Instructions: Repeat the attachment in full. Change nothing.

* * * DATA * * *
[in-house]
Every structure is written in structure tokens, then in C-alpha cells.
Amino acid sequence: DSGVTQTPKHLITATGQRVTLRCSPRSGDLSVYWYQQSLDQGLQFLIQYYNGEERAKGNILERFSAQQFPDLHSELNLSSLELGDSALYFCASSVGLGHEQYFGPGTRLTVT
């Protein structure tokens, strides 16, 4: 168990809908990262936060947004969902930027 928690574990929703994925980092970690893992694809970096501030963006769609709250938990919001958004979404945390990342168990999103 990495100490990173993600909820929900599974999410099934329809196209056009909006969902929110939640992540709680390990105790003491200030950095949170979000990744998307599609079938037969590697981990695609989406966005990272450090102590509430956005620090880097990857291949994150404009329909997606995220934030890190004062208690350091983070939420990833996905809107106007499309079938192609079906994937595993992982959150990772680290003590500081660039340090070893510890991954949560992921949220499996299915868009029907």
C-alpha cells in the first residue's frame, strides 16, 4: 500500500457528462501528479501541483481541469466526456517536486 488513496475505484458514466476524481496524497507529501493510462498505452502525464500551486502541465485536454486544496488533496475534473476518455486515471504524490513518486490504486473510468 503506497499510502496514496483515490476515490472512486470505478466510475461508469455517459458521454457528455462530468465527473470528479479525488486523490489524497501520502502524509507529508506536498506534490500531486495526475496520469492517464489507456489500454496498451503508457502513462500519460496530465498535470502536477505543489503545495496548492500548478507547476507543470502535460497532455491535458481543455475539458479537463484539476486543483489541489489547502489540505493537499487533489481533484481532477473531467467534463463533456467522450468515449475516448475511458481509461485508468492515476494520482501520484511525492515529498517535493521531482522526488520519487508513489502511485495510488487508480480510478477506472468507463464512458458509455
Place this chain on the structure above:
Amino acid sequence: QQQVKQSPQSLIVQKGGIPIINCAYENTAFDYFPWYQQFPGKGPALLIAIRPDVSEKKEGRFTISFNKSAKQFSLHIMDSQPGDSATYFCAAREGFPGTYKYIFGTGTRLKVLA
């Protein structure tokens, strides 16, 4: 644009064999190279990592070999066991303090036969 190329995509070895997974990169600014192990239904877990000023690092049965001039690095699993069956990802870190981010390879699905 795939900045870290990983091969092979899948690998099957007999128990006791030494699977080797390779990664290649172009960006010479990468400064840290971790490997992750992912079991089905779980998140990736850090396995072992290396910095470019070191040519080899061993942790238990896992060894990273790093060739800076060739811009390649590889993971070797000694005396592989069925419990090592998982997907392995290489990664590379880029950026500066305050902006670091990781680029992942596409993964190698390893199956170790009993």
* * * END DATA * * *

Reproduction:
[in-house]
Every structure is written in structure tokens, then in C-alpha cells.
Amino acid sequence: DSGVTQTPKHLITATGQRVTLRCSPRSGDLSVYWYQQSLDQGLQFLIQYYNGEERAKGNILERFSAQQFPDLHSELNLSSLELGDSALYFCASSVGLGHEQYFGPGTRLTVT
């Protein structure tokens, strides 16, 4: 168990809908990262936060947004969902930027 928690574990929703994925980092970690893992694809970096501030963006769609709250938990919001958004979404945390990342168990999103 990495100490990173993600909820929900599974999410099934329809196209056009909006969902929110939640992540709680390990105790003491200030950095949170979000990744998307599609079938037969590697981990695609989406966005990272450090102590509430956005620090880097990857291949994150404009329909997606995220934030890190004062208690350091983070939420990833996905809107106007499309079938192609079906994937595993992982959150990772680290003590500081660039340090070893510890991954949560992921949220499996299915868009029907």
C-alpha cells in the first residue's frame, strides 16, 4: 500500500457528462501528479501541483481541469466526456517536486 488513496475505484458514466476524481496524497507529501493510462498505452502525464500551486502541465485536454486544496488533496475534473476518455486515471504524490513518486490504486473510468 503506497499510502496514496483515490476515490472512486470505478466510475461508469455517459458521454457528455462530468465527473470528479479525488486523490489524497501520502502524509507529508506536498506534490500531486495526475496520469492517464489507456489500454496498451503508457502513462500519460496530465498535470502536477505543489503545495496548492500548478507547476507543470502535460497532455491535458481543455475539458479537463484539476486543483489541489489547502489540505493537499487533489481533484481532477473531467467534463463533456467522450468515449475516448475511458481509461485508468492515476494520482501520484511525492515529498517535493521531482522526488520519487508513489502511485495510488487508480480510478477506472468507463464512458458509455
Place this chain on the structure above:
Amino acid sequence: QQQVKQSPQSLIVQKGGIPIINCAYENTAFDYFPWYQQFPGKGPALLIAIRPDVSEKKEGRFTISFNKSAKQFSLHIMDSQPGDSATYFCAAREGFPGTYKYIFGTGTRLKVLA
């Protein structure tokens, strides 16, 4: 644009064999190279990592070999066991303090036969 190329995509070895997974990169600014192990239904877990000023690092049965001039690095699993069956990802870190981010390879699905 795939900045870290990983091969092979899948690998099957007999128990006791030494699977080797390779990664290649172009960006010479990468400064840290971790490997992750992912079991089905779980998140990736850090396995072992290396910095470019070191040519080899061993942790238990896992060894990273790093060739800076060739811009390649590889993971070797000694005396592989069925419990090592998982997907392995290489990664590379880029950026500066305050902006670091990781680029992942596409993964190698390893199956170790009993």